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Former Australia captain, now a cricket commentator and columnist

Cricket has a history of being blind to corruption

Despite all the red flags alerting to the fact that there must be a zero-tolerance policy towards fixing, administrators have done little to initiate it

Ian Chappell

May 18, 2014

Comments: 8 | Text size: A | A

Lou Vincent fields for Auckland, Otago v Auckand, HRV Cup, Queenstown, December 31, 2012
Lou Vincent's fixing revelations are the latest in a series that dates back to the late 1990s © Getty Images
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As details emerge of former New Zealand player Lou Vincent's plea bargain and confession of fixing, the thought keeps recurring that the officials don't take the issue of corruption seriously enough.

Four years ago a frustrated Shane Watson blurted out his lament: "Maybe they [ICC] don't want to get to the bottom of it [fixing] because it might run too deep."

If you think Watson was being overly sceptical, I've put together a tell-tale list.

The Australian Cricket Board covered up details when Mark Waugh and Shane Warne took money from a bookie for pitch and weather information back in 1995.

In the late nineties, there were whispers of shady characters hanging around the Indian dressing room during Sharjah matches. Not long afterwards captain Mohammad Azharuddin and batsman Ajay Jadeja were banned for their involvement in fixing.

Following those bans there were strong rumours circulating that further investigations had been halted because officials were worried the Indian team would be decimated. I confess to wondering at the time - just like Watson did years later - if the abandonment had something to do with the depth of the corruption.

There was the thorough and illuminating report of Justice Qayyum into the Salim Malik affair and other fixing controversies in Pakistan cricket. Despite the judge's hard-hitting summary, that report has largely been ignored by officials. And it's not only Pakistan officials who failed to take notice. Read Qayyum's report and take note of the names of some international coaches who have been appointed and interviewed for jobs in recent years. Then look at some of the recent ICC Hall of Fame inductees. It's illuminating.

Then came the Hansie Cronje affair. While Cronje was banished in disgrace, the fall-out didn't stop there. Two players, Herschelle Gibbs and Henry Williams, received six-month bans, but the former returned to international cricket and enjoyed a successful career. Other members of Cronje's team who attended the infamous meeting to decide if a game "should be fixed" have gone on to have careers in and around cricket.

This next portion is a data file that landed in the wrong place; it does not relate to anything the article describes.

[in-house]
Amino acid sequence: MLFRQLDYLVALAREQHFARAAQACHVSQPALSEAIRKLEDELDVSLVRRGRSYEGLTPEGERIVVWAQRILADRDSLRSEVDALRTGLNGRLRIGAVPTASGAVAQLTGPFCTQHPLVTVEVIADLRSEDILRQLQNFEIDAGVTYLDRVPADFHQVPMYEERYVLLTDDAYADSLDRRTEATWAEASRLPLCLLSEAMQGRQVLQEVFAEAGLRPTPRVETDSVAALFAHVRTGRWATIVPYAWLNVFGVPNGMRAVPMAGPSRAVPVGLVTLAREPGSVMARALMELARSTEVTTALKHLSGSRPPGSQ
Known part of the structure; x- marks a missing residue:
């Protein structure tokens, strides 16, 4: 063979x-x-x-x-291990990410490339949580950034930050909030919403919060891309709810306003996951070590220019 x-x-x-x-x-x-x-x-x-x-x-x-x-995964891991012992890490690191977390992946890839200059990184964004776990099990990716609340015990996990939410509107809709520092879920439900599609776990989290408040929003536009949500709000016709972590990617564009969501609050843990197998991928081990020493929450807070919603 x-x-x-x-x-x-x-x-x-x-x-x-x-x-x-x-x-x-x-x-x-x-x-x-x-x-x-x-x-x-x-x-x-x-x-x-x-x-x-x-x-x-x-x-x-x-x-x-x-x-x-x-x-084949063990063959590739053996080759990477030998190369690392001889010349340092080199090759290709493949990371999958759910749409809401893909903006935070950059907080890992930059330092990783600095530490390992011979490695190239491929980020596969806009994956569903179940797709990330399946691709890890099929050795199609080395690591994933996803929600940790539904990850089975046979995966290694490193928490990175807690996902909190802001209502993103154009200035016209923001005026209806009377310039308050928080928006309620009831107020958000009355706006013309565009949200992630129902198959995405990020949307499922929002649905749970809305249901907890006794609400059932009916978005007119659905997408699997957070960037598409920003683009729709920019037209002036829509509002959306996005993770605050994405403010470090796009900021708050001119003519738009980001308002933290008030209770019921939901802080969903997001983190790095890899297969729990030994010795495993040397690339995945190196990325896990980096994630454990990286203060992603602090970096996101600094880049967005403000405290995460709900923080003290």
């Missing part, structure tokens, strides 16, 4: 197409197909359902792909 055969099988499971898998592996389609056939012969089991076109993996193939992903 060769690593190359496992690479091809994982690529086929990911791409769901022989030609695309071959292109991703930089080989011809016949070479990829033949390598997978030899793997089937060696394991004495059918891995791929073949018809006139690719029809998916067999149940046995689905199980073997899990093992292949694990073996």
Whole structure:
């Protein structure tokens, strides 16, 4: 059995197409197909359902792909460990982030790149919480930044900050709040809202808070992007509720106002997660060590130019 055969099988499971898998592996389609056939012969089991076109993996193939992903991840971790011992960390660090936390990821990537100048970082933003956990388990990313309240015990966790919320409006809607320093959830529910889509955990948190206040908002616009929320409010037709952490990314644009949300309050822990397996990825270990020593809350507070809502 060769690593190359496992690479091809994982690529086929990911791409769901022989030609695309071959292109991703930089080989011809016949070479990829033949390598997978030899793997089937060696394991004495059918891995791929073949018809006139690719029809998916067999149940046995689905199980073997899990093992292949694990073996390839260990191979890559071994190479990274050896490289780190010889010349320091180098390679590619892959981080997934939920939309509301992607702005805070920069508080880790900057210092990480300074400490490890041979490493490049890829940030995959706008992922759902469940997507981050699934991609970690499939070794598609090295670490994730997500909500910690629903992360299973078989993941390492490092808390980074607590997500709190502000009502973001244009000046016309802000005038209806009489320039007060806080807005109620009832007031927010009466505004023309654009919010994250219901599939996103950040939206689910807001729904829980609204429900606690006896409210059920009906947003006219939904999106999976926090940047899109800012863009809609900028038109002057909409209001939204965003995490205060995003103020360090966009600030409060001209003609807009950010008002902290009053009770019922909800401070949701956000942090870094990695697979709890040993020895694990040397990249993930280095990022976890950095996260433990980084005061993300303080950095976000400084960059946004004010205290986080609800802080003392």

There's the not-so-small matter of Bob Woolmer's suspicious death. The coach of South Africa during Cronje's discredited reign and then in charge of Pakistan during a limp 2007 World Cup campaign, Woolmer died in Jamaica in very strange circumstances. I don't mean to suggest Woolmer was involved in any scandal, but it wouldn't surprise me if he was about to reveal some misgivings. I do doubt his death was due to natural causes.

With controversy raging over fixing in cricket, the ICC had an executive member who was president of his country's board while he was a bookmaker. Surely, given the prevailing atmosphere and the need to send a strong message to the crooks, this was at best a misjudgement.

Another misjudgement involved England's unusually cosy reception and acceptance of substantial funding from later-convicted fraudster, Allen Stanford. The man photographed welcoming Stanford's helicopter at Lord's was Giles Clarke, chairman of the ECB. Recently Clarke was a major player in the revamping of the ICC, which substantially raised the profile of the big three - India, Australia and England.

While Clarke's involvement with Stanford was purely a failure to do proper diligence, another member of the big three, N Srinivasan, has been stripped of his BCCI presidency by the Indian Supreme Court. However, the court's concern over Srinivasan's involvement (or otherwise) in the Chennai Super Kings scandal isn't shared by the ICC, which has him listed as the incoming president.